Sharks beat Canucks, improve to .500 in games in which they score in overtime
For the fourth time this season, the Sharks scored in overtime. For the second time this season, they actually won when doing so, prevailing in a 2-1 decision over the Canucks.
For the first fifty-eight minutes of tonight's game between the Sharks and Canucks, the last meeting of the regular season between the two Pacific Division rivals, San Jose was largely outclassed by wave after wave of a Vancouver attack that kept play in the Sharks' end of the rink and peppered Antti Niemi with chance after chance. But with a little over a minute remaining in regulation time, and the Sharks trailing 1-0, Dan Boyle took matters into his own hands.
With Niemi pulled for an extra attacker, Boyle held the puck in at the blueline following an offensive-zone faceoff win, deftly maneuvered a behind-the-back pass under pressure and was eventually the recipient of an even nicer feed from a prone Joe Thornton. Boyle's resulting shot fortuitously deflected to the side of the net for Tomas Hertl, using his no-longer-teenaged mutant ninja skills to evade coverage, who fired the puck past Roberto Luongo and tied the game. Then, with a fateful 2:22 remaining in overtime, Boyle buried a one-touch pass from Pavelski on a 4-on-3 power play over the outstretched glove of Luongo. It triggered a video review, presumably pursuant to the rule that the Sharks aren't actually allowed to score in overtime, but held up as the winner and a deserved one at that for #22 who was San Jose's best player tonight aside from Niemi and now has four goals and seven points in his six games since returning from a concussion.
After losing games in which they outplayed their opponents, either via questionable calls in overtime or those pesky shootouts, during their five-game winless drought, the Sharks were probably relieved to be on the hockey gods' good side for once. But this isn't a performance the team should try to replicate by any stretch. Save for the fourth line, courtesy an excellent game by James Sheppard, every forward combination lost its matchup to their Vancouver counterpart tonight as the Sharks once again struggled to consistently break out of their own end. Ultimately, picking up two points to gain ground on division-leading Anaheim, who lost tonight, is what matters but chasing the puck in their own zone for the duration San Jose did tonight isn't a recipe for long-term success and the Sharks have to figure out a way to get back to how they were playing at the start of the year.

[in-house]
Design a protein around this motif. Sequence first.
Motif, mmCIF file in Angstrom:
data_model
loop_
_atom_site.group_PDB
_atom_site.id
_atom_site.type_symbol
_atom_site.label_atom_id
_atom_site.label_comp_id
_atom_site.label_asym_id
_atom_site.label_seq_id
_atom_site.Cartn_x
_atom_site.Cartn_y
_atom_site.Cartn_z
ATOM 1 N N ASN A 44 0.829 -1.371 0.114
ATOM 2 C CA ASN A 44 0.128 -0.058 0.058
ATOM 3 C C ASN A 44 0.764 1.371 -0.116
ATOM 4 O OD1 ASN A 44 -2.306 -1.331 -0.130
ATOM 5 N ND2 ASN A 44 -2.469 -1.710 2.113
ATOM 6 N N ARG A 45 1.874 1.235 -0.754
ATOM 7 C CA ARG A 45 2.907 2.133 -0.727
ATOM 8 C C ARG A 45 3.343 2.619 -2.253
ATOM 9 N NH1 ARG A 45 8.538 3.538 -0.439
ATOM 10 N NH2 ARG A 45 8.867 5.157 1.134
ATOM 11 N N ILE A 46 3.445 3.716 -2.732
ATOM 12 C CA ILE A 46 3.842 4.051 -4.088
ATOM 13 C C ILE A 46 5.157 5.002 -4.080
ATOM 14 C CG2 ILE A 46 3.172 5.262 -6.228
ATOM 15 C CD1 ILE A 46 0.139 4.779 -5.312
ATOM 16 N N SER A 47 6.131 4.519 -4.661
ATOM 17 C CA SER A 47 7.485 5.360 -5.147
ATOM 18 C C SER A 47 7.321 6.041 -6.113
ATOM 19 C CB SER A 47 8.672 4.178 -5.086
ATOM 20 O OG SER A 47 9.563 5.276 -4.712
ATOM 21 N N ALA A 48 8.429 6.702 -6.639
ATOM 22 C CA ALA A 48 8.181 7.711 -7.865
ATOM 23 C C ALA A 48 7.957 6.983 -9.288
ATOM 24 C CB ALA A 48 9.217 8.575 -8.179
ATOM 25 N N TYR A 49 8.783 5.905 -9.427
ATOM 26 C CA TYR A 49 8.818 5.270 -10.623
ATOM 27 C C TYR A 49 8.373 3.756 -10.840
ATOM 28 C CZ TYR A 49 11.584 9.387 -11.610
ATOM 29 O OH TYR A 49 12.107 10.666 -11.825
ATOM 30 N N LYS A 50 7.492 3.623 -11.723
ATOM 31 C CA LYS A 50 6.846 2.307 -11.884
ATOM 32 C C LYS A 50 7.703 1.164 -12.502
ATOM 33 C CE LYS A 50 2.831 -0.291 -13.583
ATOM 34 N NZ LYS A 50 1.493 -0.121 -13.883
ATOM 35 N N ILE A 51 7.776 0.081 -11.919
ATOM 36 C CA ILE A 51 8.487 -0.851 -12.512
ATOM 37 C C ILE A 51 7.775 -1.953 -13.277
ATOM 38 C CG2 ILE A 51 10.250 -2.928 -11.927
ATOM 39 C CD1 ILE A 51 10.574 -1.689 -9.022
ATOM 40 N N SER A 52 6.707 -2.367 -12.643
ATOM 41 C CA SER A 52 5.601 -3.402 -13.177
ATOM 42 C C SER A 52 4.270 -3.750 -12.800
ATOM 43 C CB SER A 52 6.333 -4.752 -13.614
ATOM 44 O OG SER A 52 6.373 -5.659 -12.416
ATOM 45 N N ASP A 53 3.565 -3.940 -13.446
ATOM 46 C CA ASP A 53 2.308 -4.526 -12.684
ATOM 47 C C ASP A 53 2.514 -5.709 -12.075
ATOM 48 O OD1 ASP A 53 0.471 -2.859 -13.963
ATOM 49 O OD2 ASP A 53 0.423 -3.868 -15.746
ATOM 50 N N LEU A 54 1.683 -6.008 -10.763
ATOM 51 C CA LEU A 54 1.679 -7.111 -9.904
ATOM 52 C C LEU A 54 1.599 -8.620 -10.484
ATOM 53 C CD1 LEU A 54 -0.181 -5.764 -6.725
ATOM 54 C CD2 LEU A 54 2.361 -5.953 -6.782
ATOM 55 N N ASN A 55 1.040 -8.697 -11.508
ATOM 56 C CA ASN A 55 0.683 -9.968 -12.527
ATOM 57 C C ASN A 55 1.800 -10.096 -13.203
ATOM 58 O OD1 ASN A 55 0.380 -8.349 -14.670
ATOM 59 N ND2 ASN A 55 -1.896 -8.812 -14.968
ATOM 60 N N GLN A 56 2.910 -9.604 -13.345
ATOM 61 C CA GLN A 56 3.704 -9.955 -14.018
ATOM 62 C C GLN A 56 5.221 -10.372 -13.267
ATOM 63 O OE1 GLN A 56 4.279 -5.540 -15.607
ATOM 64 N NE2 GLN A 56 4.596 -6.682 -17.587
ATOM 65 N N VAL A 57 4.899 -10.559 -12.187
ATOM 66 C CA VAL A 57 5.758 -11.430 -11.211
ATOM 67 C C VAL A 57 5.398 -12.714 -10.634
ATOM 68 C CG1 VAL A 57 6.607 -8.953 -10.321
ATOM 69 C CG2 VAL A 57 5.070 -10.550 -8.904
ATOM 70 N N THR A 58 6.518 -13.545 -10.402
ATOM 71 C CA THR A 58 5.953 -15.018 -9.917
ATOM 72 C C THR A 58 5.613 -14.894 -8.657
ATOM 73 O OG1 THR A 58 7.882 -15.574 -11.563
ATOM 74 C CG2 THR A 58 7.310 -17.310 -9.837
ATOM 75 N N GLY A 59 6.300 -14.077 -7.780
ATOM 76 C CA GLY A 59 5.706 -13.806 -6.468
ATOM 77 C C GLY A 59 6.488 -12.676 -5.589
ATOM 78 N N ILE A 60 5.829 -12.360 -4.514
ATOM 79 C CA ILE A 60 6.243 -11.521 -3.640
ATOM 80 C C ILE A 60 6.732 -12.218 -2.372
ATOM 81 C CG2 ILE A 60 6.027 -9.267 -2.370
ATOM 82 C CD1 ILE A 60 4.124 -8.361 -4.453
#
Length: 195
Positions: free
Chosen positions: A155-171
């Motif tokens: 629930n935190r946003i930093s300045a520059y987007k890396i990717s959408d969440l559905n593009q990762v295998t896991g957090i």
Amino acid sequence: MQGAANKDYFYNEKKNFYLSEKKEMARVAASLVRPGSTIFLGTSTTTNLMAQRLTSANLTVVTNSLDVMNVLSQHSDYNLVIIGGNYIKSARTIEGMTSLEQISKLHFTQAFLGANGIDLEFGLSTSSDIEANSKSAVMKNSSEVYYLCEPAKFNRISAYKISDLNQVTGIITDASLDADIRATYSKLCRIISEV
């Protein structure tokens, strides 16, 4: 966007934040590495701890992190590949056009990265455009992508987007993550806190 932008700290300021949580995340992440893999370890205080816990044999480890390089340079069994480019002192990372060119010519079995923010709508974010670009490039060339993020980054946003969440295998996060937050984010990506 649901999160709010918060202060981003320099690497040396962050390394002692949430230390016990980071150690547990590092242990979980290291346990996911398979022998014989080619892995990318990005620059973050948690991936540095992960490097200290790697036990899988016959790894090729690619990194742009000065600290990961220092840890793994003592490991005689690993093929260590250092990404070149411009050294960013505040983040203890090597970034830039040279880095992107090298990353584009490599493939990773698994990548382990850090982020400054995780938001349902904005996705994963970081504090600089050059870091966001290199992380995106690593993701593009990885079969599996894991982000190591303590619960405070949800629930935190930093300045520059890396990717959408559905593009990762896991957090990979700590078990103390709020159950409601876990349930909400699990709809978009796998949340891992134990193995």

[Fancy Stats] - [Canucks Reaction]
[Event Summary] - [PBP Log] - [TOI Log] - [Faceoff Report]
- Marc-Edouard Vlasic had an incredible sixteen shot attempts tonight as his pairing with Boyle was the only one to help the Sharks generate any modicum of offensive zone time. The fact that ten of his attempts didn't make it to Luongo is an indication of how well the Canucks were closing off shooting lanes even on the brief occasions they did allow San Jose to set up in their end.
- Joe Pavelski skated on seemingly every line tonight. After starting the game between Matt Nieto and Martin Havlat and having his lunch fed to him by Brad Richardson in the first period for the second time in a week, Todd McLellan gave him new wingers in Sheppard and John McCarthy before eventually shifting him to the top line with Logan Couture and Patrick Marleau, who had their own struggles tonight prior to that change.
- Despite mistakes here and there, Scott Hannan and Jason Demers have generally been as dependable a third pairing as you can expect this season. They were brutal tonight and it's clear the Sharks just can't afford that from them the way they're currently set up on the blueline with a stacked top pair. Brad Stuart and Justin Braun aren't really capable of taking on second-tier competition so a poor showing from the bottom two sinks essentially the entire team.
- From our pal Sean Gentille of the Sporting News comes this phenomenal GIF of Kevin Bieksa's reaction to Hertl's game-tying goal from the penalty box:
FTF Three Stars
1st Star: Antti Niemi
2nd Star: Dan Boyle
3rd Star: Kevin Bieksa